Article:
We want to do things right. We want to do things in the timing that makes the best sense for our company, not because we're getting external pressures from macro environmental trends that are happening. And so I think if you can just really explain to people why you're at where you're at, why you're doing the things you're doing, and just take them through the progress that you have made.
We've been able to have some really awesome conversations with investors, and really understand more of what they're looking for, which is really beneficial because I think, we've talked about it at the very beginning of this call, at Block, our ESG priorities are driven by investor demands, regulatory requirements, and our purpose.
And really at the end of the day, it boils down to those three things with investor demands at the forefront, because they're the people who are taking a stake in the company. And so making sure that we're listening to what they have to say is of the utmost importance.
Mark Fasken: Absolutely. And I'm sure that it's also helpful if you aren't doing something or haven't done something at that point in time, being able to communicate to that investor or to whoever that stakeholder is, to say, maybe we haven't done it yet, but it is on our roadmap. Do you present that roadmap to investors ever?
Jordyn Eskijian: It's not something we've shared publicly at this point in time, but we've got a lot of eyes on it internally. Our board is aligned. Our management team is aligned. And I think that what comes out of those conversations that's really exciting is when we have a conversation with those investors and they're saying this is what we want to see from you guys by this point, we can go back and we can look at our road map, and we can say, okay, we've got it for five years. This institution is really looking for 10 years out. So how can we continually be evolving this roadmap to stay relevant, to stay on top of the trends. And there have been times where we thought something was really important. We did a whole gap analysis to a rating agency that we thought was super important. We had been hearing a lot of things and then come to find out, you know, there are places where our efforts would be better placed and so we've had to pivot and I think that that's just a part of the journey and we're all learning together, and I think that nobody has all the answers.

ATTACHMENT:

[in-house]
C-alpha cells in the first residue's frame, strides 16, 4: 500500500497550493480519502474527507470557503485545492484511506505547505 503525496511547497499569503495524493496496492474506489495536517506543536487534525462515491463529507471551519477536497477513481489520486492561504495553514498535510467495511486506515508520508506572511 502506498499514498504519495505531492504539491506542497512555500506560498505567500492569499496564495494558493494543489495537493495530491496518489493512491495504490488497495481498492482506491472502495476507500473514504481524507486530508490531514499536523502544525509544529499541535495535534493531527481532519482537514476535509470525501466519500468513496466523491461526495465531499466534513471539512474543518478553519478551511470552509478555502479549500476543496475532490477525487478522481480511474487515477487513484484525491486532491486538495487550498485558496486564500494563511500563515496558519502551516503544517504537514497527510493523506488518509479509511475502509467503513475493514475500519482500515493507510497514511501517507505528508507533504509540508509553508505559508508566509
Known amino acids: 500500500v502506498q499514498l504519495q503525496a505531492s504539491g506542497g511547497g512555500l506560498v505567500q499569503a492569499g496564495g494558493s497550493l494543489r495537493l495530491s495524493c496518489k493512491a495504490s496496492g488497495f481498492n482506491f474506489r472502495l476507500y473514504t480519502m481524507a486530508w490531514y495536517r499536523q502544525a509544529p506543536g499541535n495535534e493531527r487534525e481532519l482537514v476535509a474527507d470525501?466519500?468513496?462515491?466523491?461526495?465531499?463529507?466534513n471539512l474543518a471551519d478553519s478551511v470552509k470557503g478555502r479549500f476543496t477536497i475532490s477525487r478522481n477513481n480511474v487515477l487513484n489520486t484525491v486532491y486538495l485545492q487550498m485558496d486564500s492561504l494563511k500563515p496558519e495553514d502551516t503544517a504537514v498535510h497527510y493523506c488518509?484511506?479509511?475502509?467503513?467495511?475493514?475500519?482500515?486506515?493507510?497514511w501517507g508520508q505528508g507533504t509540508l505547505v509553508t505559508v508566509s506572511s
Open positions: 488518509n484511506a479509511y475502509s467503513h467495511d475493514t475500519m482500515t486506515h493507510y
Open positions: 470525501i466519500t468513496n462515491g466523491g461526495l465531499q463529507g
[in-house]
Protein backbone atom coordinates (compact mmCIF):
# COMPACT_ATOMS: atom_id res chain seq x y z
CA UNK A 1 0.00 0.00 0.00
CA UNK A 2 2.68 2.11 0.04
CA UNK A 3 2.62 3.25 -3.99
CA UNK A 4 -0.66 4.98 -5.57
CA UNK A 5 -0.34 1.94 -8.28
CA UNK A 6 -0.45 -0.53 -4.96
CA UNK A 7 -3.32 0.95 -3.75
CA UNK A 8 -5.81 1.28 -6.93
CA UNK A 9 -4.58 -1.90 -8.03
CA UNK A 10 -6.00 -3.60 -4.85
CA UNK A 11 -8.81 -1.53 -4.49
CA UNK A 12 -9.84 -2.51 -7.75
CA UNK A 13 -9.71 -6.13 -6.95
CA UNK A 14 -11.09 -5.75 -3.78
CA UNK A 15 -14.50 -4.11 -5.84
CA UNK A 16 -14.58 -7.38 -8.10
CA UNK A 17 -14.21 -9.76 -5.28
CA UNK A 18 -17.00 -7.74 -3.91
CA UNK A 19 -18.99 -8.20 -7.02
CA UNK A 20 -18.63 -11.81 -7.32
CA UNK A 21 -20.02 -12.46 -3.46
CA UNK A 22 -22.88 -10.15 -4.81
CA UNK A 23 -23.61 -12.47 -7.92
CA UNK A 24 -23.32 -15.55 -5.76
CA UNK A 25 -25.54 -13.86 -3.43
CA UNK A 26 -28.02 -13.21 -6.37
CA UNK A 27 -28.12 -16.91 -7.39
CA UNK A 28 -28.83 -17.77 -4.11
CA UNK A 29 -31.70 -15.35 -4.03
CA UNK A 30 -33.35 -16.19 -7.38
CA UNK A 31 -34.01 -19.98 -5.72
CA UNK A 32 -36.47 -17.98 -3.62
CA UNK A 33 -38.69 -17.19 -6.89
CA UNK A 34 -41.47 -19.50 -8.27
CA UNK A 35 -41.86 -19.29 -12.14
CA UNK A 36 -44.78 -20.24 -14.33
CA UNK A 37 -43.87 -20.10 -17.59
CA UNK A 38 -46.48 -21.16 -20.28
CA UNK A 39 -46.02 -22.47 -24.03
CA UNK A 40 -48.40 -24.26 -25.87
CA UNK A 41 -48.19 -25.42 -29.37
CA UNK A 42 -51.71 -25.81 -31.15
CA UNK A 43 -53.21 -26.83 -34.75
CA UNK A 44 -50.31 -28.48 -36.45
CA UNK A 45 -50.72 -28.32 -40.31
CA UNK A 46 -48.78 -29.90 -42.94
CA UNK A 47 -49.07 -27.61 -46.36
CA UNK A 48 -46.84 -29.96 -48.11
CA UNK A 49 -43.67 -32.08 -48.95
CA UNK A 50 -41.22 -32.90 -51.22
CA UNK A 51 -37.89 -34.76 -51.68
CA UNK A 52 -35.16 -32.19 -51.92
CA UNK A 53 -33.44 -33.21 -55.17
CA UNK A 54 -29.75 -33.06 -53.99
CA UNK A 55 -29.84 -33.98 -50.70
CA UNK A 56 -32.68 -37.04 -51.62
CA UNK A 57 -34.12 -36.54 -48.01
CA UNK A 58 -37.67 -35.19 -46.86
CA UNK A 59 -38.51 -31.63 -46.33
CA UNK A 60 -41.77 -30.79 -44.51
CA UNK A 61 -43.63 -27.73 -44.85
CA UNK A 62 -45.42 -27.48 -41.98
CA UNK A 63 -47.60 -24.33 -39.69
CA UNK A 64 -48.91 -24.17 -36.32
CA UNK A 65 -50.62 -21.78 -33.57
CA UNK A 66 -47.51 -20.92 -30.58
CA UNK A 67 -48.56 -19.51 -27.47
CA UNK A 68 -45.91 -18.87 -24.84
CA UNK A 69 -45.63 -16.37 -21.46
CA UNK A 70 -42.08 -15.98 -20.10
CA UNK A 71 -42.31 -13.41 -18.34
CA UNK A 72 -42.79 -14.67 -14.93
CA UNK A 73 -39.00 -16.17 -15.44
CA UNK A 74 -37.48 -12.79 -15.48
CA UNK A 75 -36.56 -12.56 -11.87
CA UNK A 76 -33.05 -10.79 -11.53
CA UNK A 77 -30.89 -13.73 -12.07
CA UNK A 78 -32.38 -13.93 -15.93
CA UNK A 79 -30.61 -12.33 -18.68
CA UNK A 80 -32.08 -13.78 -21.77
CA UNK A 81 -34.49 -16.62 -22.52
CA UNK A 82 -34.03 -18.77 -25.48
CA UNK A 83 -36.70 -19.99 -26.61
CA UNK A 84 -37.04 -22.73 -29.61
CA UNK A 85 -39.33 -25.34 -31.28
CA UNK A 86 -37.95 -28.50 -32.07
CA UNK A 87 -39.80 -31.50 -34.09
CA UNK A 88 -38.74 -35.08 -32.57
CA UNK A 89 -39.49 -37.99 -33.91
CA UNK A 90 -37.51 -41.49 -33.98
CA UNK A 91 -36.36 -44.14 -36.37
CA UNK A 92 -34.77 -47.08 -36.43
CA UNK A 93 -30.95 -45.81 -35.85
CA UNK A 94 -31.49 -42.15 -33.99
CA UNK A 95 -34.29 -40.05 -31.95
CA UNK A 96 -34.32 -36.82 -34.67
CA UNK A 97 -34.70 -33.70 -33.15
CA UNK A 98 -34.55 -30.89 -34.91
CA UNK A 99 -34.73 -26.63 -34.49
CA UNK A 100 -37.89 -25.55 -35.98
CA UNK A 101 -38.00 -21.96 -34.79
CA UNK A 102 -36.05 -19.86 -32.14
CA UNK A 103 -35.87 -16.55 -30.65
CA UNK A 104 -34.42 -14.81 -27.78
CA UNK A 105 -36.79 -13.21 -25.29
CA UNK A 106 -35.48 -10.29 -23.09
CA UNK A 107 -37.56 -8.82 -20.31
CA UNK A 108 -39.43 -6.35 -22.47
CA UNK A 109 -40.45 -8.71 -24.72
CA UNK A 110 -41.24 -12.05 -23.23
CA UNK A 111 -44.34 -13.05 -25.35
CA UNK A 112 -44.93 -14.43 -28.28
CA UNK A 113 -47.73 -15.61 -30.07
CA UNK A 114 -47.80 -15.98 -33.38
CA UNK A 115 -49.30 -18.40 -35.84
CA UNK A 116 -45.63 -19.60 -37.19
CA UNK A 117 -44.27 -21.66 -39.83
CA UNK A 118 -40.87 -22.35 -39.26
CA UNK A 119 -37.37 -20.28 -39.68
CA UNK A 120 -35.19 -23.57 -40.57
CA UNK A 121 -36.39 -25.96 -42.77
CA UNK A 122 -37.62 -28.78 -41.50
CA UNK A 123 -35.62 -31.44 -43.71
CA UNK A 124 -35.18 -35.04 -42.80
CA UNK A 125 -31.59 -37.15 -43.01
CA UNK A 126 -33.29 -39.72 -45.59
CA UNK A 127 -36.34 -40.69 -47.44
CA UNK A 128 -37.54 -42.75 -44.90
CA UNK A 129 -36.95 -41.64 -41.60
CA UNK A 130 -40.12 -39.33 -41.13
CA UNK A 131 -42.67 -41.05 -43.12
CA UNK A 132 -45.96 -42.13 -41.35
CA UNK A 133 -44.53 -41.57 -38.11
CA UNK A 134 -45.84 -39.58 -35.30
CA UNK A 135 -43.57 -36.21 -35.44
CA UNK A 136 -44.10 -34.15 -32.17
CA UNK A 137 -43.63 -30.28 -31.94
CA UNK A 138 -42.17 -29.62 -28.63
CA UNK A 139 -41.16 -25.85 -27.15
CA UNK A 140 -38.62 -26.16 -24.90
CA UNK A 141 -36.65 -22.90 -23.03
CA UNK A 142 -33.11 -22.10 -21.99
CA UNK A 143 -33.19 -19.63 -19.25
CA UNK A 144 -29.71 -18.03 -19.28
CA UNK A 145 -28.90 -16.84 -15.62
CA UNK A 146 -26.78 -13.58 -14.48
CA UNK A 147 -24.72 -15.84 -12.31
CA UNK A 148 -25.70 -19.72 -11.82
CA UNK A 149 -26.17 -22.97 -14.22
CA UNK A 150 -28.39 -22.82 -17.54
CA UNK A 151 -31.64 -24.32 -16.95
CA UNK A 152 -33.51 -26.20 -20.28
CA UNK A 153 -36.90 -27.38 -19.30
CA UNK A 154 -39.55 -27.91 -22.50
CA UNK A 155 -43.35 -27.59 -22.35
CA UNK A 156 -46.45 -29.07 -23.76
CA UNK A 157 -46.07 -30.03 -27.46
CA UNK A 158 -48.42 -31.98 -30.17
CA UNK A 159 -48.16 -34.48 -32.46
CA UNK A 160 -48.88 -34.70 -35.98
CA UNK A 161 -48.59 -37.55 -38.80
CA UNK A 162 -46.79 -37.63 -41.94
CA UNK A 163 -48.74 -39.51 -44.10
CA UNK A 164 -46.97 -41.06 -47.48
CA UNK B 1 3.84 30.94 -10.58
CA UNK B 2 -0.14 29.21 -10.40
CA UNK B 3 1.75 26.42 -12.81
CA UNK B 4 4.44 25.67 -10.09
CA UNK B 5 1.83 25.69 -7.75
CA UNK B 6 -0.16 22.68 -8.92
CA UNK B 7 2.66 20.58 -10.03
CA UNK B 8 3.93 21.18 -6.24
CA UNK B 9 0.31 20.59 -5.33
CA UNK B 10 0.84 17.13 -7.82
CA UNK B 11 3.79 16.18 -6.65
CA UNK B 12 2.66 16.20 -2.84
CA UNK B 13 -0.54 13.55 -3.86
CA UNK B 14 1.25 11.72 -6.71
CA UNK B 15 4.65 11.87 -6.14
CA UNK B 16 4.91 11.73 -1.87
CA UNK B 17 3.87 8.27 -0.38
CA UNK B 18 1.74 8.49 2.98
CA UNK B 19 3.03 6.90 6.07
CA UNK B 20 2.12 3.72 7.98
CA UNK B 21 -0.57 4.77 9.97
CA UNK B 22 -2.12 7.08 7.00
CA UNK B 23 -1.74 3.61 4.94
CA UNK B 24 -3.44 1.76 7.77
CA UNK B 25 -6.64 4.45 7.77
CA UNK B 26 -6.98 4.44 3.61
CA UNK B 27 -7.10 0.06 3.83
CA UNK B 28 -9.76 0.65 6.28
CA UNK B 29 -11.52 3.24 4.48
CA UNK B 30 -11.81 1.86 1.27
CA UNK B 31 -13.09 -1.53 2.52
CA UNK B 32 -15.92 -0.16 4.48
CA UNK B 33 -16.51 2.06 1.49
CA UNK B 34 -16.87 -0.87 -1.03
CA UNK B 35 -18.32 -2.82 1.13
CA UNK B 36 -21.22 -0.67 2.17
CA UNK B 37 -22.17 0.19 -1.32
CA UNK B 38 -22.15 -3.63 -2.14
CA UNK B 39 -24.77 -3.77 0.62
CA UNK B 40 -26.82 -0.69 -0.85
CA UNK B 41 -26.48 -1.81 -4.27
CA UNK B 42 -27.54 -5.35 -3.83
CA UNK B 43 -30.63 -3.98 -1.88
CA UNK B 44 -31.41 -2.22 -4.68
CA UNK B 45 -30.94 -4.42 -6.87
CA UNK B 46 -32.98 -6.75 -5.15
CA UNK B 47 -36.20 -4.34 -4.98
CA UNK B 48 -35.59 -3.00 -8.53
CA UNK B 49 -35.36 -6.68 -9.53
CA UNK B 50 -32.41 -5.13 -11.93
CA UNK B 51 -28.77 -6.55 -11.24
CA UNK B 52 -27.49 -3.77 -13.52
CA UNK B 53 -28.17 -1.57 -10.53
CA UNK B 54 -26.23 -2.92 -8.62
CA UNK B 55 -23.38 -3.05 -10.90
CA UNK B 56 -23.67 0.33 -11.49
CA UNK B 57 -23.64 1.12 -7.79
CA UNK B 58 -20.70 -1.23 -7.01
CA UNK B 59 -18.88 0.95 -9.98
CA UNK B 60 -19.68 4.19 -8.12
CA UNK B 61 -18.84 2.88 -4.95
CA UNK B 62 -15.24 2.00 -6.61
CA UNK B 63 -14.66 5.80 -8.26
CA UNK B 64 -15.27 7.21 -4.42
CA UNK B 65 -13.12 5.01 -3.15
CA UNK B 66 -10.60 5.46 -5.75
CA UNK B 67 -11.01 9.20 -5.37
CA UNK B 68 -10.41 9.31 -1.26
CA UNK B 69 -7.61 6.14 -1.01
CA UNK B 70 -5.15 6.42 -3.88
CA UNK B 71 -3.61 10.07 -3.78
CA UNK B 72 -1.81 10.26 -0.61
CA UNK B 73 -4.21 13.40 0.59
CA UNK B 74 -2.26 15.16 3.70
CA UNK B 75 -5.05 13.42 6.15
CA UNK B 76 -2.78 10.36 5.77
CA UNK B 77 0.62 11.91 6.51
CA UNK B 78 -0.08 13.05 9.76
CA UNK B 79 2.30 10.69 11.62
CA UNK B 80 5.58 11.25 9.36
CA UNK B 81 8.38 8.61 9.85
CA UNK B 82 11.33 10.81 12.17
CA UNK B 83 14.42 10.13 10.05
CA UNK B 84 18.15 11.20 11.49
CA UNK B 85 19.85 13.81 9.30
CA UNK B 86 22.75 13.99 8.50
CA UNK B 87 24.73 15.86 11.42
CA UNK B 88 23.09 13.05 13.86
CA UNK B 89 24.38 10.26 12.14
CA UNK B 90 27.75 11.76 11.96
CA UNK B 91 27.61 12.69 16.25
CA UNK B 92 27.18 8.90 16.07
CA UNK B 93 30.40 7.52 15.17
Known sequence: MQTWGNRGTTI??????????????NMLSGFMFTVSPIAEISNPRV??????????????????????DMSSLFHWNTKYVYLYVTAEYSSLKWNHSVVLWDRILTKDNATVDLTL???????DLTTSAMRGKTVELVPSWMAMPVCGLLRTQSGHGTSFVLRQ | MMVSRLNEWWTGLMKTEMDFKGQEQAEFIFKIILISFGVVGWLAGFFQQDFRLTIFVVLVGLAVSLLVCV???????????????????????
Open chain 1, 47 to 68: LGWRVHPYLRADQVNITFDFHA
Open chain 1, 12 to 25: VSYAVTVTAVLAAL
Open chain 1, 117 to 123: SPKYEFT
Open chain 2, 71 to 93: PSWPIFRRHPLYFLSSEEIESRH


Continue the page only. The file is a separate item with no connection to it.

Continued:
I think that it's still, you know, talk about multifaceted, talk about ever changing. I think the landscape is just all of those things. And, just being able to talk about what you're doing to be a little bit dangerous, know enough about everything. And just be able to share that, that narrative of progress and be open to what, to what the investment community has to say.
Mark Fasken: And to that point about ever changing and knowing enough, let’s go to our final question, which is how, how do you stay informed about incoming or emerging ESG trends, regulations, best practices. What are some of the sources that you are subscribed to or reading constantly?
Jordyn Eskijian: Yeah, I think, word of mouth is part of it. Just professional contacts and friends in IR, in the industry just passing things along. If you see something interesting, just shooting it to a professional colleague. I think that we have phenomenal partners at Leaders Arena, which is a little plug.
They're our consulting team who have just been so instrumental in our ESG journey, helping us build that roadmap, helping us with those gap analysis. They really help us stay up to date, and shoot over relevant articles, or news that comes out that's applicable to our business. And I think just the news in general, professional organizations, I know NIRI will send out things in their newsletter that's relevant.
And one of the things that I, I listened to, as far as a subscription, it's free on the podcast app, you know. We love podcasts. We're on one right now. Exactly. But I think MSCI has a podcast on the podcast app called ESG. Now that is a really easy, it's a 20 minute listen.
Whether you're on your way to work or over lunch, working out, prepping, earning stocks, whatever it is. I think that having information or news that comes from the source. If you're disclosing, or you want to get better, or you want your MSCI scores to improve, go listen to what MSCI has to say about the topic.
If you're interested in knowing more about how to disclose or how to better map to TCFD, go look at TCFD's resources. And I think just knowing where your priorities lie and what frameworks are most important to you or most applicable to your business, look at those sources as the, the, the place to go.
Mark Fasken: Awesome. Jordyn. Those are all my questions for today.
Jordyn Eskijian: Thank you so much. Thanks so much for having me, Mark.
Winning IR is a podcast exploring the diverse insights within the investor relations community. Join host Mark Fasken as he discusses the winning strategies, tactics, and shifts in thinking with innovative investor relations professionals who are redefining the profession.